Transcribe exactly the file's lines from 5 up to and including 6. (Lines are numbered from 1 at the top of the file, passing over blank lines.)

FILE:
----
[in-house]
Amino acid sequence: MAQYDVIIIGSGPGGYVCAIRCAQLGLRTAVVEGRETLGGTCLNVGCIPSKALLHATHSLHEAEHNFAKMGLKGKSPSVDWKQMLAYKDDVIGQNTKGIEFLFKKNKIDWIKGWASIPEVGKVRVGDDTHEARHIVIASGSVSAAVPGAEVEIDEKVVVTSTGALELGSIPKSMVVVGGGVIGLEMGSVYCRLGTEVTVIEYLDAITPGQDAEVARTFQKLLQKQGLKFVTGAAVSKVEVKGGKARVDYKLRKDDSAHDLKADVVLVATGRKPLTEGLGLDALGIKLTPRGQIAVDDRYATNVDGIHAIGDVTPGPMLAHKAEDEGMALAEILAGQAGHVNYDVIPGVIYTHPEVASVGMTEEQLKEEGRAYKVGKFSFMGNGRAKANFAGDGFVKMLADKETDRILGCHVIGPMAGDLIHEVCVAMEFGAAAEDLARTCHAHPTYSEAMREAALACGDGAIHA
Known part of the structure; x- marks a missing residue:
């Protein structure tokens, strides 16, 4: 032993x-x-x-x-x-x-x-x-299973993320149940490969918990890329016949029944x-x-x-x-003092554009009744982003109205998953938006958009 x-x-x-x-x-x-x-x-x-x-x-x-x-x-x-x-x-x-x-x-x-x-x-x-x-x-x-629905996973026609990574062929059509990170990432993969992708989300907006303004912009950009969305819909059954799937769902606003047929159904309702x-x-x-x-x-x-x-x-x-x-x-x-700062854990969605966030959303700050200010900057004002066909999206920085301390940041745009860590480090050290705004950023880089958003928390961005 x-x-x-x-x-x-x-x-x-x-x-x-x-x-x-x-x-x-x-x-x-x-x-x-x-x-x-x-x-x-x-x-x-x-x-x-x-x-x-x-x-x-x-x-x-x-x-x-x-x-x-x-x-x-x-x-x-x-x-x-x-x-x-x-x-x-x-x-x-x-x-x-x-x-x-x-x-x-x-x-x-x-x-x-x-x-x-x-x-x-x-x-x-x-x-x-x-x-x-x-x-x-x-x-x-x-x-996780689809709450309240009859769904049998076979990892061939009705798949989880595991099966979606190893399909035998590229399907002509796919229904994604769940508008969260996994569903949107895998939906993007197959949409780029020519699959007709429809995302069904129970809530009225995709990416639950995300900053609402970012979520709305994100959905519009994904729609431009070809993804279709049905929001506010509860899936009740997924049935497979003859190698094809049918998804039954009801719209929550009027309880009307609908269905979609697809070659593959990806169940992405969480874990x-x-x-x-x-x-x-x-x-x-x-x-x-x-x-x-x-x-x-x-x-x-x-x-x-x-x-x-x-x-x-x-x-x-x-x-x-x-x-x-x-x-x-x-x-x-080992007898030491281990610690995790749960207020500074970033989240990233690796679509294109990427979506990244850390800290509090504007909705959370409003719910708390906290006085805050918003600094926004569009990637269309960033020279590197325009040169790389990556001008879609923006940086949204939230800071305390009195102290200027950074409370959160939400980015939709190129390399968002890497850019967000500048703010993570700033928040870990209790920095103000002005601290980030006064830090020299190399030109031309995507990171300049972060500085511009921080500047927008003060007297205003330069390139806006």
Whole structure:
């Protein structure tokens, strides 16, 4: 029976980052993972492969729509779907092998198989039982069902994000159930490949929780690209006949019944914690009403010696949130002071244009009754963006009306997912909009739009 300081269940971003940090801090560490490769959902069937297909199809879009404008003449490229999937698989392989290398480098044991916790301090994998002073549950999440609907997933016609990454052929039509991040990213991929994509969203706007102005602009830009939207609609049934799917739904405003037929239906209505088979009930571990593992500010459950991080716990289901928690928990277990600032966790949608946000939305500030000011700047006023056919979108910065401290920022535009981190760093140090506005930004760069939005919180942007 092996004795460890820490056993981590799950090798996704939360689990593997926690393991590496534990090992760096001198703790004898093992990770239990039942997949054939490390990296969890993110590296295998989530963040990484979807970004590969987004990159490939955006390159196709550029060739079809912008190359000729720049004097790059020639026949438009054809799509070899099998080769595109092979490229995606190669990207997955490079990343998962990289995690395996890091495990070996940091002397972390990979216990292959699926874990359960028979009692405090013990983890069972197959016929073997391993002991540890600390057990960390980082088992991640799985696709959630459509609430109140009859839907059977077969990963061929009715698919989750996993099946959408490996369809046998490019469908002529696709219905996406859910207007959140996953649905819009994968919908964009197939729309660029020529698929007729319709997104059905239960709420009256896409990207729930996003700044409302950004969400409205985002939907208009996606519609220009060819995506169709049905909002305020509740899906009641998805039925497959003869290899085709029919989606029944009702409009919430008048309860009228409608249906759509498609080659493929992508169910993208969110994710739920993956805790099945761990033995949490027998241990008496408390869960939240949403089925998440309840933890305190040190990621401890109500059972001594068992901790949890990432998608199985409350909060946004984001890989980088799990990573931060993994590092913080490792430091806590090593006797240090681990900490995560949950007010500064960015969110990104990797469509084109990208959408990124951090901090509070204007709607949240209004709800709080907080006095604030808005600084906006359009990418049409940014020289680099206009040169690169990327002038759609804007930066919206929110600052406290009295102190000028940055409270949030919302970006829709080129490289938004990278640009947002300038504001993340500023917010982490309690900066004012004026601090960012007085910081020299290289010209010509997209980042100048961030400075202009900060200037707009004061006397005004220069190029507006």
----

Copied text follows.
Whole structure:
């Protein structure tokens, strides 16, 4: 029976980052993972492969729509779907092998198989039982069902994000159930490949929780690209006949019944914690009403010696949130002071244009009754963006009306997912909009739009 300081269940971003940090801090560490490769959902069937297909199809879009404008003449490229999937698989392989290398480098044991916790301090994998002073549950999440609907997933016609990454052929039509991040990213991929994509969203706007102005602009830009939207609609049934799917739904405003037929239906209505088979009930571990593992500010459950991080716990289901928690928990277990600032966790949608946000939305500030000011700047006023056919979108910065401290920022535009981190760093140090506005930004760069939005919180942007 092996004795460890820490056993981590799950090798996704939360689990593997926690393991590496534990090992760096001198703790004898093992990770239990039942997949054939490390990296969890993110590296295998989530963040990484979807970004590969987004990159490939955006390159196709550029060739079809912008190359000729720049004097790059020639026949438009054809799509070899099998080769595109092979490229995606190669990207997955490079990343998962990289995690395996890091495990070996940091002397972390990979216990292959699926874990359960028979009692405090013990983890069972197959016929073997391993002991540890600390057990960390980082088992991640799985696709959630459509609430109140009859839907059977077969990963061929009715698919989750996993099946959408490996369809046998490019469908002529696709219905996406859910207007959140996953649905819009994968919908964009197939729309660029020529698929007729319709997104059905239960709420009256896409990207729930996003700044409302950004969400409205985002939907208009996606519609220009060819995506169709049905909002305020509740899906009641998805039925497959003869290899085709029919989606029944009702409009919430008048309860009228409608249906759509498609080659493929992508169910993208969110994710739920993956805790099945761990033995949490027998241990008496408390869960939240949403089925998440309840933890305190040190990621401890109500059972001594068992901790949890990432998608199985409350909060946004984001890989980088799990990573931060993994590092913080490792430091806590090593006797240090681990900490995560949950007010500064960015969110990104990797469509084109990208959408990124951090901090509070204007709607949240209004709800709080907080006095604030808005600084906006359009990418049409940014020289680099206009040169690169990327002038759609804007930066919206929110600052406290009295102190000028940055409270949030919302970006829709080129490289938004990278640009947002300038504001993340500023917010982490309690900066004012004026601090960012007085910081020299290289010209010509997209980042100048961030400075202009900060200037707009004061006397005004220069190029507006």